“When you don’t answer your customers — you’re sending them a message.” Today we have to meet our audience on an increasingly diverse array of traditional and digital media touch points. None has garnered more headlines over the past year than Snapchat. Jed Record joined us in Iowa last fall for the Social Brand Forum. Since then, both Snapchat and the emerging story media format have evolved even more. We discussed all of this on this week’s On Brand podcast.
About Jed Record
A consultant, speaker, and educator, Jed Record guides corporate teams through the quickly changing landscape of emerging marketing technologies. He teaches marketing at Meredith College’s School of Business. Jed’s clients include both start-ups and global brands such as Lenovo, eBay, Thomson Reuters and Quintiles Transnational. He has worked with Toyota, Capital One, SanDisk and others on influence marketing campaigns as well.
Instagram stories vs. Snapchat stories. One big thing that’s changed since last summer/fall has been the emergence of Instagram’s own story feature. Recently, Instagram’s daily story stats have overtaken Snapchat total user counts. Does this automatically spell trouble for Snapchat? Not necessarily. “It’s a major millennial media platform. It is a highly different audience. If this is your core audience, this is still where you should be.”
Why millennials still favor Snapchat. “Snap was the platform where their parents weren’t. It’s a very personal network.” Instagram stories may help preserve this feature. Just as parents and older demographics were starting to check out Snapchat, they had a new reason to stay on Instagram.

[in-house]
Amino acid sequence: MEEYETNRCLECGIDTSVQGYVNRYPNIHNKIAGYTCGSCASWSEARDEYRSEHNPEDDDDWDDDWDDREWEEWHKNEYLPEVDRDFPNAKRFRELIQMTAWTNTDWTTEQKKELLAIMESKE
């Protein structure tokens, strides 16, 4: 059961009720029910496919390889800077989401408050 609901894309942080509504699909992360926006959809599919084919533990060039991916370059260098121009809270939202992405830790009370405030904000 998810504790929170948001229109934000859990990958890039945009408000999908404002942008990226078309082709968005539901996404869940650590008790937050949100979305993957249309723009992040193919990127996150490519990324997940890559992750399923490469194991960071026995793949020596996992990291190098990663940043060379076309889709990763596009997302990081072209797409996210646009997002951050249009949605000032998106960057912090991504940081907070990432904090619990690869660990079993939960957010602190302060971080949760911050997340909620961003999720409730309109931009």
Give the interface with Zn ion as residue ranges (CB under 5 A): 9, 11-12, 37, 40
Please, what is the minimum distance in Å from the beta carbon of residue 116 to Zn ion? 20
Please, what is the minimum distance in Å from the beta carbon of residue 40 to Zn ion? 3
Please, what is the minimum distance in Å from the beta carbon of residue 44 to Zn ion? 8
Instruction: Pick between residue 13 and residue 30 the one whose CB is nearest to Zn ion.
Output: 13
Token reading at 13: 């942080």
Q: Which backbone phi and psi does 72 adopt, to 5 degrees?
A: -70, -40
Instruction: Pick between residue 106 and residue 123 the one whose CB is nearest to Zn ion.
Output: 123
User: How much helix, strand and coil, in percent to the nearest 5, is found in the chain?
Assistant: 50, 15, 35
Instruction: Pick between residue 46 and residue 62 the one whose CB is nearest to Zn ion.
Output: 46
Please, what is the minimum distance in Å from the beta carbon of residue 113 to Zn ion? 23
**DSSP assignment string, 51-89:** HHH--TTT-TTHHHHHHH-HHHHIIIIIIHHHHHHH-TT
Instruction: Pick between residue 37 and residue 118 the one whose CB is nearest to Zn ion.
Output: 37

The ‘story’ is a new media format. Whether it’s Snapchat stories, Instagram stories, or Facebook’s new story feature, one thing is clear. The story is an emerging new media format, composed of real-time photos and videos further personalized with sketches, scribbles, and emojis. How will you tell your brand’s story?
“This is another form of communication but it’s not just another communications course.” Jed was very clear that though these are new formats and channels, we need to make sure that marketing curriculum doesn’t get lost teaching the tools. We need better instruction on distilling complex brand messaging into concise, ephemeral stories.
What brand has made Jed smile recently? “Applebee’s. Out of the blue, they make me smile by tweeting at me.” Jed also pointed to exceptional service from American Airlines and Toyota.
As We Wrap …
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Until next week, I’ll see you on the Internet!